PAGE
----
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History Helpers programs bring past back to life

By Carol Rolf/Contributing Writer

This article was published March 27, 2014 at 12:00 a.m.


Sharlene Richardson of Little Rock, left, and Deb Lewis of Conway are part of the History Helpers organization that presents programs across Arkansas. This bear skin is part of their program on the Hunter-Dunbar Expedition of 1804 that was conducted in part of Arkansas, which was once known as “The Bear State.”

CONWAY — A love of history is the driving force behind History Helpers.

Started in 2006 by Deb Lewis of Conway, Debra Browning of Benton and Sharlene Richardson of Little Rock, History Helpers provides historical education presentations and hands-on programming to schools, libraries, museums, state parks and other groups.

Lewis and Richardson most recently visited St. Joseph School in Conway, where they presented a program on the Hunter-Dunbar

Expedition of the Louisiana Purchase in 1804, which explored what is now northern Louisiana and Arkansas, traveling along the Ouachita River. They will present a similar program Monday during Home School Day at the Old Independence Regional Museum in Batesville.

“History Helpers was formed out of our passion to learn history and our desire to teach it in such a way as to inspire that passion in others,” Lewis said.

“The earliest program we do is from 1783 at Arkansas Post, where the last battle of the American Revolutionary War was fought,” she said. “And the latest time period we have done is the 1940s.”

They do charge a fee for their presentations, which are tailored to their audiences’ needs.

Lewis, Browning and Richardson worked at the Historic Arkansas Museum prior to starting History Helpers.

Lewis, who holds a degree in theater arts from the University of Central Arkansas, spent 13 years at the museum in the education department’s living history program. She also developed and headed the costume department, which included researching and making clothing in various historic styles.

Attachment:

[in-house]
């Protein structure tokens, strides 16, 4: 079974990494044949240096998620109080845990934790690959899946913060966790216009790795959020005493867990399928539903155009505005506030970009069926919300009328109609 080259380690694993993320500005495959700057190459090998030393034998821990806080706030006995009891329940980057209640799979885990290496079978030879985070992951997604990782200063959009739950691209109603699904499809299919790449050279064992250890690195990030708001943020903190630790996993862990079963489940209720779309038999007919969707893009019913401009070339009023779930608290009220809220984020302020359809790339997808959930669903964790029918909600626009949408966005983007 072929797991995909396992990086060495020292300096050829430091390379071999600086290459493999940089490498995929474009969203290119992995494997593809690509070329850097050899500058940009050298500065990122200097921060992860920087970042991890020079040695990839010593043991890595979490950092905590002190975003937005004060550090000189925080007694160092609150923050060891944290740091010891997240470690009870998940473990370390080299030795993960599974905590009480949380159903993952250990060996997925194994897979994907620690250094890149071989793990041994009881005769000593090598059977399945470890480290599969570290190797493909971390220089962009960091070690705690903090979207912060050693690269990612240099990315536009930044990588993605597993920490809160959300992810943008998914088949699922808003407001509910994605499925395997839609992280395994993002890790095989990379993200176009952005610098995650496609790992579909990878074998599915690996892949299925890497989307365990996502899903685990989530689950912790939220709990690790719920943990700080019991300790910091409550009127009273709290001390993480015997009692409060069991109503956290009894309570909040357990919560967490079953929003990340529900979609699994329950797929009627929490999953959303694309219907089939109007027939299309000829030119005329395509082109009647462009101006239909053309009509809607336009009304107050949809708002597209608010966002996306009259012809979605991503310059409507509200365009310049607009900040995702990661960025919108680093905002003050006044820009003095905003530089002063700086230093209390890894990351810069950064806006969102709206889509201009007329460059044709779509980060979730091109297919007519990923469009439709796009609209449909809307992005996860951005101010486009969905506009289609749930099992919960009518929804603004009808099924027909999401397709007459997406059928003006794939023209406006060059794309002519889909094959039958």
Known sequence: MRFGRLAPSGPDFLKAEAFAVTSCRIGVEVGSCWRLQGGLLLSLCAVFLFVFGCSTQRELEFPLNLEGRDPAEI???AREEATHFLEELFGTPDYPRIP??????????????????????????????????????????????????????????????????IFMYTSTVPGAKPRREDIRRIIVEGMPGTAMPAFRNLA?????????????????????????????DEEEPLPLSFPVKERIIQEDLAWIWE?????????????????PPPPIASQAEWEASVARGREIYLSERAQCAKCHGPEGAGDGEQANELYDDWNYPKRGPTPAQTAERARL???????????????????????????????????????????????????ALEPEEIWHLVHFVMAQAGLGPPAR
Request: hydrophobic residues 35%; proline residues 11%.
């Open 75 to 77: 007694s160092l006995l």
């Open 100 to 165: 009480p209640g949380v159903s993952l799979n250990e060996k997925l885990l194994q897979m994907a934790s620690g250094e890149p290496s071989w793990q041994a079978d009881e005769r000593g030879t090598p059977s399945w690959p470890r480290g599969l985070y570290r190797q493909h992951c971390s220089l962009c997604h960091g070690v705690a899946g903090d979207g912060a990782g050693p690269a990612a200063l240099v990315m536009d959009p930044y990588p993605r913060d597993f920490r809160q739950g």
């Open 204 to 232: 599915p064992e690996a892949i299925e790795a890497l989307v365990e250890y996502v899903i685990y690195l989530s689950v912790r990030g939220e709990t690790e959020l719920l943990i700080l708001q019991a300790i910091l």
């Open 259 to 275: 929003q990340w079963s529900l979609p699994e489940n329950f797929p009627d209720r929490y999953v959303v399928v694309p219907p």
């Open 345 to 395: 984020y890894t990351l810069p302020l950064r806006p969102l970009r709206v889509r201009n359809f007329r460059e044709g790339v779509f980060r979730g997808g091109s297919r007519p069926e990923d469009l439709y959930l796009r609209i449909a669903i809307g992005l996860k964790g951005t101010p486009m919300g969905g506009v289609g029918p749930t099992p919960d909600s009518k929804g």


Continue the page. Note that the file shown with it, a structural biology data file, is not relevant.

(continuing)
Richardson, who majored in business administration at what was then State College of Arkansas (now the University of Central Arkansas), started doing living history in 1987 at the Arkansas Territorial Restoration (now known as Historic Arkansas Museum) and served in many capacities at the museum until 2003.

Browning, who majored in science and history for a degree in secondary education from Memphis State University (now the University of Memphis), was wardrobe coordinator for the museum’s education department for several years.

The three women are all members of the Arkansas Living History Association and the Association for Living History, Farm and Agricultural Museums.

They do diligent research on each of their topics when preparing their programs. They even make their own costumes.

“For research, I go to the Internet first,” Lewis said. “I also use

“We do a lot of reading as we prepare our programs,” she said, adding that they usually present a program once a month from September through June.

The women’s husbands also take part in the programs presented by History Helpers. Don Lewis is a woodcarver and also demonstrates fire building. Boyce Browning does horn work. Tim Richardson presents scientific programs.

For more information on History Helpers, contact Lewis at


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